Seminars at the Faculty of Informatics

You are cordially invited to attend the PhD Dissertation Defense of Nihat Engin TOKLU on Monday, November 10th 2014 at 13h30 in room SI-003 (Informatics building)

In the field of optimization, the perspective that the problem data are subject to uncertainty is gaining more and more interest. The uncertainty in an optimization problem represents the measurement errors during the phase of collecting data, or unforeseen changes in the environment while implementing the optimal solution in practice. When the uncertainty is ignored, an optimal solution according to the mathematical model can turn out to be far from optimal, or even infeasible in reality.

Robust optimization is an umbrella term for mathematical modelling methodologies focused on finding solutions that are reliable against the data perturbations caused by the uncertainty. Among the relatively more recent robust optimization methodologies, an important concept studied is the degree of conservativeness, which can be explained as the amount of targeted reliability against the uncertainty while looking for a solution. Because the reliability and solution cost usually end up being conflicting objectives, it is important for the decision maker to be able to configure the conservativeness degree, so that the desired balance between the cost and reliability can be obtained, and the most practical solution can be found for the problem at hand.

The robust optimization methodologies are typically proposed within the framework of mathematical programming (i.e. linear programming, integer programming). Thanks to the nature of mathematical programming, these methodologies can find the exact optimum, according to the various solution evaluation perspectives they have. However, dependence on mathematical programming might also
mean that such methodologies will demand too much memory from the computer, and also too much execution time, when large-scale optimization problems are considered. A common strategy to avoid the big memory and execution time demands of mathematical programming is to use metaheuristic optimization algorithms for solving large problem instances.

In this research, we propose an approach for solving medium-to-large-sized robust optimization problem instances. The methodology we propose is a matheuristic (i.e. a hybridization of mathematical programming and metaheuristic). In the matheuristic approach we propose, the mathematical programming part handles the uncertainty, and the metaheuristic part handles the exploration of the solution space. Since the exploration of the solution space is entrusted onto the metaheuristic search, we can obtain practical near-optimal solutions while avoiding the big memory and time requirements that might be brought by pure mathematical programming methods. The mathematical programming part is used for making the metaheuristic favor the solutions which have more protections against the uncertainty. Another important characteristic of the methodology we propose is concurrency with information exchange: we concurrently execute multiple processes of the matheuristic algorithm, each process taking the uncertainty into account with a different degree of conservativeness. During the execution, these processes exchange their best solutions. So, if a process is stuck on a bad solution, it can realize that there is a better solution available thanks to the information exchange, and it can get unstuck. In the end, the solutions of these processes are collected into a solution pool. This solution pool provides the decision maker with alternative solutions with different costs and conservativeness degrees. Having a solution pool available at the end, the decision maker can make the most practical choice according to the problem at hand.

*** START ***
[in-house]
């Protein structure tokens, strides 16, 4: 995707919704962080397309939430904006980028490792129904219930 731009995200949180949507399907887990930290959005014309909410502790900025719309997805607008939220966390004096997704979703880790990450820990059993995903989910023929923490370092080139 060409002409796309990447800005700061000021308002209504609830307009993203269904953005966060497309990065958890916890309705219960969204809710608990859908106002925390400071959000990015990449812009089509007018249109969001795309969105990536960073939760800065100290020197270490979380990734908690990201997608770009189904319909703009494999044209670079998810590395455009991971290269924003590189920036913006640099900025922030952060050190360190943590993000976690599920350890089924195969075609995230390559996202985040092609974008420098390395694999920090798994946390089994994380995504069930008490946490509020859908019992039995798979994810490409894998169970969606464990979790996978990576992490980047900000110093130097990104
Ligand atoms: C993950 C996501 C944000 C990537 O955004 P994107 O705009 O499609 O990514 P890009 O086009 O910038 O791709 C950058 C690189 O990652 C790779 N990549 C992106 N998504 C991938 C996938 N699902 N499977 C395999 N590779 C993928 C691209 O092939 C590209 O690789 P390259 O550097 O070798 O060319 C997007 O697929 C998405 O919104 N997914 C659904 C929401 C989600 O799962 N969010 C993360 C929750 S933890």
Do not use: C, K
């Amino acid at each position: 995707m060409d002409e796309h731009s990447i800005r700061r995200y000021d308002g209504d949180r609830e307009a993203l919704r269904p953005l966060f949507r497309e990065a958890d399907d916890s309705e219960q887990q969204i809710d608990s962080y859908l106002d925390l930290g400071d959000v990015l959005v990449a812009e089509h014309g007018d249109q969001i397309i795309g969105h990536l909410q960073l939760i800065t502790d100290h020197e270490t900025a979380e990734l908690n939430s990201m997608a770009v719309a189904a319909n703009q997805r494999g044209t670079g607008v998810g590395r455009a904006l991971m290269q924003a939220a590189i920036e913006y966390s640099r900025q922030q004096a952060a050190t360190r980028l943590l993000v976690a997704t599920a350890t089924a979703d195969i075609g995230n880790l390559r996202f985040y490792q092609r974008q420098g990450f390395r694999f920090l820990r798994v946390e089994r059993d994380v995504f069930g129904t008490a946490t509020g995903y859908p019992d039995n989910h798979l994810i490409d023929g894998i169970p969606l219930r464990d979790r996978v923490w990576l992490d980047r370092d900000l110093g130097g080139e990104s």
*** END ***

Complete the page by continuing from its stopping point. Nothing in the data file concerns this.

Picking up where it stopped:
In this thesis, we first discuss our studies in the field of robust optimization: a heuristic approach for solving a minimum power multicasting problem in wireless actuator networks under actuator distance uncertainty, and a linear programming approach for solving an aggregate blending problem in the construction industry, where the amounts of components found in aggregates are subject to uncertainty. These studies demonstrate the usage of mathematical programming for handling the uncertainty. We then discuss our studies in the field of matheuristics: a matheuristic approach for solving a large-scale energy management problem, and then a matheuristic approach for solving large instances of minimum power multicasting problem. In these studies, the usage of metaheuristics for handling the large problem instances is emphasized. In our study of solving minimum power multicasting problem, we also incorporate the mechanism of information exchange between different solvers. Later, we discuss the main matheuristic approach that we propose in this thesis. We first apply our matheuristic approach on a well-known combinatorial optimization problem: capacitated vehicle routing problem, by using an ant colony optimization as the metaheuristic part. Finally, we discuss the generality of the methodology that we propose: we suggest that it can be used as a general framework on various combinatorial optimization problems, by choosing the most appropriate metaheuristic algorithm according to the nature of the problem.

Dissertation Committee:

  • Prof. Luca Maria Gambardella, IDSIA-Dalle Molle Institute for Artificial Intelligence, Switzerland (Research Advisor)
  • Dr. Roberto Montemanni, IDSIA-Dalle Molle Institute for Artificial Intelligence, Switzerland (Research co-Advisor)
  • Prof. Evanthia Papadopoulou, UniversitÓ della Svizzera italiana, Switzerland (Internal Member)
  • Prof. Laura Pozzi, UniversitÓ della Svizzera italiana, Switzerland (Internal Member)
  • Prof. Christian Artigues, LAAS-CNRS, France (External Member)
  • Prof. Marino Widmer, University of Fribourg, Switzerland (External Member)